Hezbollah: A History of the “Party of God”

Dominique Avon and Anaïs-Trissa Khatchadourian, trans. from the French by Jane Marie Todd. Harvard Univ, $24.95 (242p) ISBN 978-0-674-06651-9
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Avon and Khatchadourian, respectively a historian and a graduate student at France’s Université du Maine, attempt to dispel some of the mystique surrounding the famously secretive Hezbollah—a staunch ally of Iran and the most powerful political force in Lebanon—whose ability to confront Israel has helped it “[acquire] in Lebanese society... a reputation synonymous with pride.” (The U.S. and several other countries consider Hezbollah a terrorist organization.) The authors trace the militant Shiite Hezbollah’s origins to the Lebanese civil war and the overthrow of the Shah in Iran. In drily academic, sometimes telegraphic language, the first three chapters focus more on the political machinations that brought Hezbollah to power than on the group’s social programs, military tactics, or radical theology. Originally published in 2010, the book touches scantily on events since the assassination of the group’s leader, Rafic Hariri, and the authors rely too heavily on Hezbollah’s rhetoric to explain its motives and actions. The book’s second half consists of translations of various Hezbollah documents. In the end, not enough background information is provided for the general reader, while the specialist will find nothing new. (Sept.).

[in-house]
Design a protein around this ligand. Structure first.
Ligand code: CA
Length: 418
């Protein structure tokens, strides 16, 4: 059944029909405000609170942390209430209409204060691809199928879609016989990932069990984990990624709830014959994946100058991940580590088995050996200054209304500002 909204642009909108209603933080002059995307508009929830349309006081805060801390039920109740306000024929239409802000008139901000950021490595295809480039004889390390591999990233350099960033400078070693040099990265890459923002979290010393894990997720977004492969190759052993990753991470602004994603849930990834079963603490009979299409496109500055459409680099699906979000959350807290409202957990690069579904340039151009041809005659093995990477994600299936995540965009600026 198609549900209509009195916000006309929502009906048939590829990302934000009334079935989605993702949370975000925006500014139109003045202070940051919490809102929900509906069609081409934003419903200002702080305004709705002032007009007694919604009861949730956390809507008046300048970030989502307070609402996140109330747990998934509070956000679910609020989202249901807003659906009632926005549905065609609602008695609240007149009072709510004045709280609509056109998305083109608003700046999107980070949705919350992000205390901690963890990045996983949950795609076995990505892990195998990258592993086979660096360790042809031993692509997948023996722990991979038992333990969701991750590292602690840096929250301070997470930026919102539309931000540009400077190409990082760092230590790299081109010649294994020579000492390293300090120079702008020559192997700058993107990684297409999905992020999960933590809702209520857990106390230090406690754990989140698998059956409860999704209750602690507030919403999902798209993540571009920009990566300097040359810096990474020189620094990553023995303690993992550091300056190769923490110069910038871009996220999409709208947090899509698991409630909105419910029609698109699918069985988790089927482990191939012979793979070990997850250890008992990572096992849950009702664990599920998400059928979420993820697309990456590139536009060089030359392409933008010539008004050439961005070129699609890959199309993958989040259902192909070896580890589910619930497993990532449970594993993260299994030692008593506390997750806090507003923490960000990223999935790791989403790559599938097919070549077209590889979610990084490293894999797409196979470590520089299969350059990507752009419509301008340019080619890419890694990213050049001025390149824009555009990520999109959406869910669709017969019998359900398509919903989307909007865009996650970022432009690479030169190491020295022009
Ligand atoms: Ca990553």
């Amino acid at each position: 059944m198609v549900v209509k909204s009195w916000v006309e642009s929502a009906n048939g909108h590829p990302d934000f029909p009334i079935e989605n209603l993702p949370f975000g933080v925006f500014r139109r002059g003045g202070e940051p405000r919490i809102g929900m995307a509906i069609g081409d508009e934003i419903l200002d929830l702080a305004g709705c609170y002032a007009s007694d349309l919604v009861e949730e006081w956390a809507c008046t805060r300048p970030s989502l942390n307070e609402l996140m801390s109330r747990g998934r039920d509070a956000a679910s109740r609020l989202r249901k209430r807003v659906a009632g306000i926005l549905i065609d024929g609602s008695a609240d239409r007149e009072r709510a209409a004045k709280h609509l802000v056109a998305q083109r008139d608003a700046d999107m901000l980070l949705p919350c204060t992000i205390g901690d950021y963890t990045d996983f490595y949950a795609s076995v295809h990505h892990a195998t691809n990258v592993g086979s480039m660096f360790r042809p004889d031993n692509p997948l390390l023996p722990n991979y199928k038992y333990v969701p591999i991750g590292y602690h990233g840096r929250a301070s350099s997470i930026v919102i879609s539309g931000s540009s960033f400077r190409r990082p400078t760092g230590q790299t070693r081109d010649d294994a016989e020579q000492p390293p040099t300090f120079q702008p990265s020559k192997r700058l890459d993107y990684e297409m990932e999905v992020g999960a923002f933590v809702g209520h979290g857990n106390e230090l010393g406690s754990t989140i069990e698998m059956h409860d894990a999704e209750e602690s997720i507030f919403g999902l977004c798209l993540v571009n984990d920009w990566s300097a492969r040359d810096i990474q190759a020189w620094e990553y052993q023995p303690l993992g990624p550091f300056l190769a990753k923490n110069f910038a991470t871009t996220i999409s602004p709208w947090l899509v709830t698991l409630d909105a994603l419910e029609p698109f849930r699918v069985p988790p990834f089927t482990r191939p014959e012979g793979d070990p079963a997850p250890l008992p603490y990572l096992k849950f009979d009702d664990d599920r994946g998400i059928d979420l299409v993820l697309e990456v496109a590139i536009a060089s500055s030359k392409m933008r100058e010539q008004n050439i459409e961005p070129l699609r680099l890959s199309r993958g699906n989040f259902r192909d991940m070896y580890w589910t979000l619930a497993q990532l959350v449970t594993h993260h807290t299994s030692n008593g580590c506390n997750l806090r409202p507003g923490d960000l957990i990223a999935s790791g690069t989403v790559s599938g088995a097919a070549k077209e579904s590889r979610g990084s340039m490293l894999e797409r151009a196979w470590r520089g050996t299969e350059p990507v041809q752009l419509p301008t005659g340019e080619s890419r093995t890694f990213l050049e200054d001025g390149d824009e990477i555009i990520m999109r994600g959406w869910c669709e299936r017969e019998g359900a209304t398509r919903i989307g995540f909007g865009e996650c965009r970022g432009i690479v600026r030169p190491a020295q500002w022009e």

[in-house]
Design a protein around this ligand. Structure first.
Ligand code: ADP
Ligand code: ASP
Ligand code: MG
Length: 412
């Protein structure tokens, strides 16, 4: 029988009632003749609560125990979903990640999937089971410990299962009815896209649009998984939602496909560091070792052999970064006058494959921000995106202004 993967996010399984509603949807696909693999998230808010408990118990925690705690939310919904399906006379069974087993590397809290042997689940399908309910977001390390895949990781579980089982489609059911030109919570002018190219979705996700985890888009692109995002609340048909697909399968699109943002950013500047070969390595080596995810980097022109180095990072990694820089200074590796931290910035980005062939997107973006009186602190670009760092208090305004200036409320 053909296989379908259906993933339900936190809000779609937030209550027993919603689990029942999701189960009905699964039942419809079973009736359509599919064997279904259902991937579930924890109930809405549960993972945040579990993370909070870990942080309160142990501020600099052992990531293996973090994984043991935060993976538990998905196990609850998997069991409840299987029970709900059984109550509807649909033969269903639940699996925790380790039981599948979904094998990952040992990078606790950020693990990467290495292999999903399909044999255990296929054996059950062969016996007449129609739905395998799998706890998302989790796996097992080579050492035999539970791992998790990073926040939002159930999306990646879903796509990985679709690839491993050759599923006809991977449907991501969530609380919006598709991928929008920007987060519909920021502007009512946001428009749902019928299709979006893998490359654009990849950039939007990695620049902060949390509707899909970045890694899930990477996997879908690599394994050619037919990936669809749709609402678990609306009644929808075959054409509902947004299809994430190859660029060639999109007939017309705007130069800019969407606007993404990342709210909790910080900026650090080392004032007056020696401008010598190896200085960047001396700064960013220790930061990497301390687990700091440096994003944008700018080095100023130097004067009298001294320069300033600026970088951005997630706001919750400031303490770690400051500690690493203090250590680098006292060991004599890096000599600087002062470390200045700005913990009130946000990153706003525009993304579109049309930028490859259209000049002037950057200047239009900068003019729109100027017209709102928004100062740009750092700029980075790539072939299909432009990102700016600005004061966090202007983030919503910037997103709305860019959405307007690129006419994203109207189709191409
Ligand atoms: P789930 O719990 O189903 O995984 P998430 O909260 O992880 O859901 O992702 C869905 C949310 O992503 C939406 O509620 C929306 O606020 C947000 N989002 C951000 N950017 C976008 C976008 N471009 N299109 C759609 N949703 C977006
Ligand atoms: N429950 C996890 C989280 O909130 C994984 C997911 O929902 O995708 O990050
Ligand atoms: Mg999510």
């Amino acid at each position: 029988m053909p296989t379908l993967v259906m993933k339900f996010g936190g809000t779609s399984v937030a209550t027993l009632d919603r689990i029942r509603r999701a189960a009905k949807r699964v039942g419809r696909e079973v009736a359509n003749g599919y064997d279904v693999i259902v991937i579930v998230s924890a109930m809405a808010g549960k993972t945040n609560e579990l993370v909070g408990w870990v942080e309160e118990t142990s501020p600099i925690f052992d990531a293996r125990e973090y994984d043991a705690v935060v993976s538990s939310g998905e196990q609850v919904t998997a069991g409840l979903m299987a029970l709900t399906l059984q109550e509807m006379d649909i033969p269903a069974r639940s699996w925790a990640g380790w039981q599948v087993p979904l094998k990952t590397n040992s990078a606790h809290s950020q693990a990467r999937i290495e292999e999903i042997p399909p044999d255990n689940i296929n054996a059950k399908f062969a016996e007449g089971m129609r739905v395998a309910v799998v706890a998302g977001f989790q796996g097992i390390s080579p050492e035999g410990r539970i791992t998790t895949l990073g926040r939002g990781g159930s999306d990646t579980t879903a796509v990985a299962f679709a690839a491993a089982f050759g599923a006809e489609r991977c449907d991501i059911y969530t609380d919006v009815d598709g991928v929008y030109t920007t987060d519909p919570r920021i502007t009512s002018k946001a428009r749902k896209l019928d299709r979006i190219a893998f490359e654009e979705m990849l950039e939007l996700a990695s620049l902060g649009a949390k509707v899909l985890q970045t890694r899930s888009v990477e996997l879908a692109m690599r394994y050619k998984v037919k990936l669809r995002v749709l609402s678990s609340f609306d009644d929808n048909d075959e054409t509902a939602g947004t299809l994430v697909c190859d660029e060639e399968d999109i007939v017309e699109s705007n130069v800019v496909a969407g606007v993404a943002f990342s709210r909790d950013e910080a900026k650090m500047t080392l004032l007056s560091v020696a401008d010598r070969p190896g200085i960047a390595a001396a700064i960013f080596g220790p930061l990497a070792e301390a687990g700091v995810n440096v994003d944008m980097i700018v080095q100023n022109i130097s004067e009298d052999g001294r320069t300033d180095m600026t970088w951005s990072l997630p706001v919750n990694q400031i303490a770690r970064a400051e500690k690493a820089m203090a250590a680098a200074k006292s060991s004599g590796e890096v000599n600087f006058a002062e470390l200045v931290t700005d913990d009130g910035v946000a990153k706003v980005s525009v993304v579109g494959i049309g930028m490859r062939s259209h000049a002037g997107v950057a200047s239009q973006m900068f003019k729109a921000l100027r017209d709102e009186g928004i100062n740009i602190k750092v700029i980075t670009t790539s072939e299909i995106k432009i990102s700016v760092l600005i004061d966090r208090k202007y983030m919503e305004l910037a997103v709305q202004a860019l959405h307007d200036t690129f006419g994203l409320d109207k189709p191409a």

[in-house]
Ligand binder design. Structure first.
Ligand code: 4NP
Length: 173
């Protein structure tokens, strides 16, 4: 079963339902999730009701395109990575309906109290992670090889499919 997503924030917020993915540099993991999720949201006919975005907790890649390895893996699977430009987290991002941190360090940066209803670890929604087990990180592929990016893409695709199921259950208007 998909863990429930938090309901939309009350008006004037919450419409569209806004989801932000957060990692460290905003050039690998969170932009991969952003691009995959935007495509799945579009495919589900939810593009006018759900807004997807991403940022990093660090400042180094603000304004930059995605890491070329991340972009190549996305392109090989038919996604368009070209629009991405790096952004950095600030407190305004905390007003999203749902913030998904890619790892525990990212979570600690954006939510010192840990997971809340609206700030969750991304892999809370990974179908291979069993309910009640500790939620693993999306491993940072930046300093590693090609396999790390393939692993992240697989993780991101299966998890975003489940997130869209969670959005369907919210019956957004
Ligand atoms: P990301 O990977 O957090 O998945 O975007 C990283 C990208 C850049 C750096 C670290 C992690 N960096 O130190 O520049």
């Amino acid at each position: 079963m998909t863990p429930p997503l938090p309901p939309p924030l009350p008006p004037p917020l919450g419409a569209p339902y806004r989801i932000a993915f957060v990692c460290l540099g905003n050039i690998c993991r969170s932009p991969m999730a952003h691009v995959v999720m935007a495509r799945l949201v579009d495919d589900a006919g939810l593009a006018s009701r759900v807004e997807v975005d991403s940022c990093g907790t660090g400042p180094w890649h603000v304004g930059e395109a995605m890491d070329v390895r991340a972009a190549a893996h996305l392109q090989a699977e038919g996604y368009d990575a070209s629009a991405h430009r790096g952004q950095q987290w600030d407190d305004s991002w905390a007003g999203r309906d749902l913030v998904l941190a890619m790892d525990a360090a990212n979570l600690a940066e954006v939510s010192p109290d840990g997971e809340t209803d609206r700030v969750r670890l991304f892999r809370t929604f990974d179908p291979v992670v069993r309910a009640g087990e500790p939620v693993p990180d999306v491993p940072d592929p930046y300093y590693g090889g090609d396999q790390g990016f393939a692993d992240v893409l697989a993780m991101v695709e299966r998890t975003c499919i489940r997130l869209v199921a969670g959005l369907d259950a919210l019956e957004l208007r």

Reviewed on: 07/02/2012
Release date: 09/01/2012
Open Ebook - 257 pages - 978-0-674-06752-3
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